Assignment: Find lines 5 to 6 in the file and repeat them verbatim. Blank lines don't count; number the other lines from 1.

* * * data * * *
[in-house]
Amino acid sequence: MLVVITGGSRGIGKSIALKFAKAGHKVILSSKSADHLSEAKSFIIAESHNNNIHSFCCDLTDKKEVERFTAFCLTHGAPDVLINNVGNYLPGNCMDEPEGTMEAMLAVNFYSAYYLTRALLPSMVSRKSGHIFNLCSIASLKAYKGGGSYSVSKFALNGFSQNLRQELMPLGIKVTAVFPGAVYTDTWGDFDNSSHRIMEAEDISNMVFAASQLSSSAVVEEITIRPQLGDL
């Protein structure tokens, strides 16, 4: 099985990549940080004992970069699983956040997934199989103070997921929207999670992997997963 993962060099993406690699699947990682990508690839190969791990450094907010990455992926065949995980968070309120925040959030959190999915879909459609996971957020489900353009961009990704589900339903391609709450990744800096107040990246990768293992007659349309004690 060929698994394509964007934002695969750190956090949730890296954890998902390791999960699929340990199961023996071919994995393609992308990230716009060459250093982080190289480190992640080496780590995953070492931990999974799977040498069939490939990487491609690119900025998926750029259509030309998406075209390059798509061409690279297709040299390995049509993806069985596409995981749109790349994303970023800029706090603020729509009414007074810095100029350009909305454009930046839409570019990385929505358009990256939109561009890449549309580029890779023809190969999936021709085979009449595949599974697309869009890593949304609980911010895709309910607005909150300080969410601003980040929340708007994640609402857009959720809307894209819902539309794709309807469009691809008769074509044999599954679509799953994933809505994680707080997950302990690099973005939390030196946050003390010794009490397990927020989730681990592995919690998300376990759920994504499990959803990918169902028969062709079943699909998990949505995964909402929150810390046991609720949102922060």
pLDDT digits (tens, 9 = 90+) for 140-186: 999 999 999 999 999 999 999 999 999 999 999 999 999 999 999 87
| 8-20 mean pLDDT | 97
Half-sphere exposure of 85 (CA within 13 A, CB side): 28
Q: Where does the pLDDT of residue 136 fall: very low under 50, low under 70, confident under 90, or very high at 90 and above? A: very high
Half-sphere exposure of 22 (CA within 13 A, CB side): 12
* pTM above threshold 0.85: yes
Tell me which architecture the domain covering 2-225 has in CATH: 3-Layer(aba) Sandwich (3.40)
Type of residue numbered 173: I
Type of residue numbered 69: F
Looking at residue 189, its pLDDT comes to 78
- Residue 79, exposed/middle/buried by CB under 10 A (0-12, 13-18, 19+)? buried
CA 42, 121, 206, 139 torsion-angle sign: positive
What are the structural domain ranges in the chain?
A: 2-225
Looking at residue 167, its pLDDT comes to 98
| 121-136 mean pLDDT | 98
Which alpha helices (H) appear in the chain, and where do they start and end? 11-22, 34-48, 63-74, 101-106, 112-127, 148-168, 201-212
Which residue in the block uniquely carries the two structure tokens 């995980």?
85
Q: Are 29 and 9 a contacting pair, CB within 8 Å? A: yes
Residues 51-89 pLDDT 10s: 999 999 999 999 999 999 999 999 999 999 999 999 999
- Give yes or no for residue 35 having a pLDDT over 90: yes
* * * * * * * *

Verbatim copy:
| 8-20 mean pLDDT | 97
Half-sphere exposure of 85 (CA within 13 A, CB side): 28